To assess the value of a quality improvement programme for panoramic radiography.
A prospective, cluster randomised controlled trial was conducted in 40 dental practices in England. Practices were randomly assigned into two groups, an ‘active’ practice receiving regular feedback on film quality and a ‘control’ practice receiving no feedback until the completion of the study.
800 panoramic radiographs were examined for technical and processing faults. Following the first feedback to the ‘active’ practices, 100 films showed that the films taken were a significant predictor of a reduction in the number of technical (effect coefficient 0.51 (standard error SE 0.06); P < 0.001) and processing (effect coefficient 0.42 (SE 0.08); P < 0.001) faults compared to those in ‘control’ practices ( n = 400). The ‘active’ practices continued to benefit from the second round of feedback, showing a marked reduction in technical (effect coefficient 1.31 (SE 0.06); P < 0.001) and processing (effect coefficient 1.18 (SE 0.11); P < 0.001) faults. Two months after completion of the study, a further 120 panoramic radiographs from 12 practices in each group were examined for quality. Significant differences between the two groups for both technical faults (effect coefficient 0.62 (SE 0.22); P = 0.02) and processing faults (effect coefficient 0.65 (SE 0.17); P < 0.001) were found.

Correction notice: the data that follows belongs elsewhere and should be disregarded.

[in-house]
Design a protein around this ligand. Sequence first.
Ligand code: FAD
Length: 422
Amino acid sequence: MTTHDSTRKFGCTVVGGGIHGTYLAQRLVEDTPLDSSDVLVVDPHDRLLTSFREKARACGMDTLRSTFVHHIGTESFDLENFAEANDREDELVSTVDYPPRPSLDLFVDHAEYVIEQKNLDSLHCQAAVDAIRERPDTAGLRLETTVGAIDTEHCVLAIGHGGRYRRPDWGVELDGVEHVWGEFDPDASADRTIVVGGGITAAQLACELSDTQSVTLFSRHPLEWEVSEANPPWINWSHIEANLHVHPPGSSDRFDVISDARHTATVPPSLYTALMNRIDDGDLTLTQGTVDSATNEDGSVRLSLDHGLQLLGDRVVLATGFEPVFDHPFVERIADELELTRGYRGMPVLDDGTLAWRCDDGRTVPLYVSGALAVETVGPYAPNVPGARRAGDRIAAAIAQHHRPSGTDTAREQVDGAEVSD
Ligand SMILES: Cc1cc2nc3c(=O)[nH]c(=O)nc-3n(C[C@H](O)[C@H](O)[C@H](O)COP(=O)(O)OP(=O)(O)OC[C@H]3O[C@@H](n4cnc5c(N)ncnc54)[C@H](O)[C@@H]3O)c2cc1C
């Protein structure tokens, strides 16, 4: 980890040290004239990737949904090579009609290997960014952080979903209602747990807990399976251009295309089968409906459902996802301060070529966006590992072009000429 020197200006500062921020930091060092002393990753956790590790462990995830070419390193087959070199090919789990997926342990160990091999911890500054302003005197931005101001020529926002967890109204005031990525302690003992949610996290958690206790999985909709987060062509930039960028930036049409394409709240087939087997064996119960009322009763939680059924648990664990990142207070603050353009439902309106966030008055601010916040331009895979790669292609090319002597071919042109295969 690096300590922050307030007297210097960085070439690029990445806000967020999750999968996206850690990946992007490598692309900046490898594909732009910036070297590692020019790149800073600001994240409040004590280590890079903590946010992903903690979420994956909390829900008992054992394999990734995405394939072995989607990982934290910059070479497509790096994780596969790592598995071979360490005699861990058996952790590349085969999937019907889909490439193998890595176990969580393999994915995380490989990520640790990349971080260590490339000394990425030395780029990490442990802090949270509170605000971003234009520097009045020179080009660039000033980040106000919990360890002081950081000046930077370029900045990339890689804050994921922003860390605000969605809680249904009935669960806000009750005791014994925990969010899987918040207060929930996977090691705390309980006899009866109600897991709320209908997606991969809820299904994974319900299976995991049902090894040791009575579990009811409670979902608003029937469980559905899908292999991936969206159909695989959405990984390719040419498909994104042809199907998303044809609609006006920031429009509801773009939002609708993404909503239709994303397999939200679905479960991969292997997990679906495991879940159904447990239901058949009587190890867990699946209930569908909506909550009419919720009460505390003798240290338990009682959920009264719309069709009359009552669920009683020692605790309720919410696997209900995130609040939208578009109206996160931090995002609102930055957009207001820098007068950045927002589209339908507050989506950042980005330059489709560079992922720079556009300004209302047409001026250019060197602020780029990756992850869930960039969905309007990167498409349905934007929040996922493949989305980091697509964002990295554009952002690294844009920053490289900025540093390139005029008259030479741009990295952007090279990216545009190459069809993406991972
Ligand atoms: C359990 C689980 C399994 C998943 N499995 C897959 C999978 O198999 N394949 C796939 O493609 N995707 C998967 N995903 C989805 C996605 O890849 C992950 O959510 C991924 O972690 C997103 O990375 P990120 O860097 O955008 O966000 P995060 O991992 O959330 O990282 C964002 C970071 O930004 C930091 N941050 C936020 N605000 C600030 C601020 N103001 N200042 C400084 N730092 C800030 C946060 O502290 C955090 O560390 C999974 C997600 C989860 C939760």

This cluster randomised controlled trial showed that distance feedback is an effective method in instructing dental practitioners to correct technical and processing errors experienced in producing panoramic radiographs. This intervention was effective in the short term whilst the practitioners were actively receiving feedback and for 8 weeks afterwards.
Panoramic radiography quality is often poor due to a lack of knowledge of correct patient positioning. A failure to comply with manufacturers’ instructions regarding the changing frequency for processing chemistry also compounds the problem. Distant feedback is effective in improving film quality in the short term and after 8 weeks.
Panoramic radiography has become a routine radiographic technique in many dental practices. In 2004/2005, 1.3 million panoramic films were taken in National Health Service dental practices in both England and Wales whilst in private dental practice, it has been estimated that a further 0.5 million panoramic films were executed.
The quality of many of these panoramic films is often less than optimal which several studies have highlighted. One study has suggested that panoramic technical and processing faults may remain uncorrected as the operator has not recognised the cause of the error. In acknowledging this, the aim of this study was to assess the efficacy of detailed quality feedback to general dental practitioners with regard to improving the quality of their panoramic radiographs.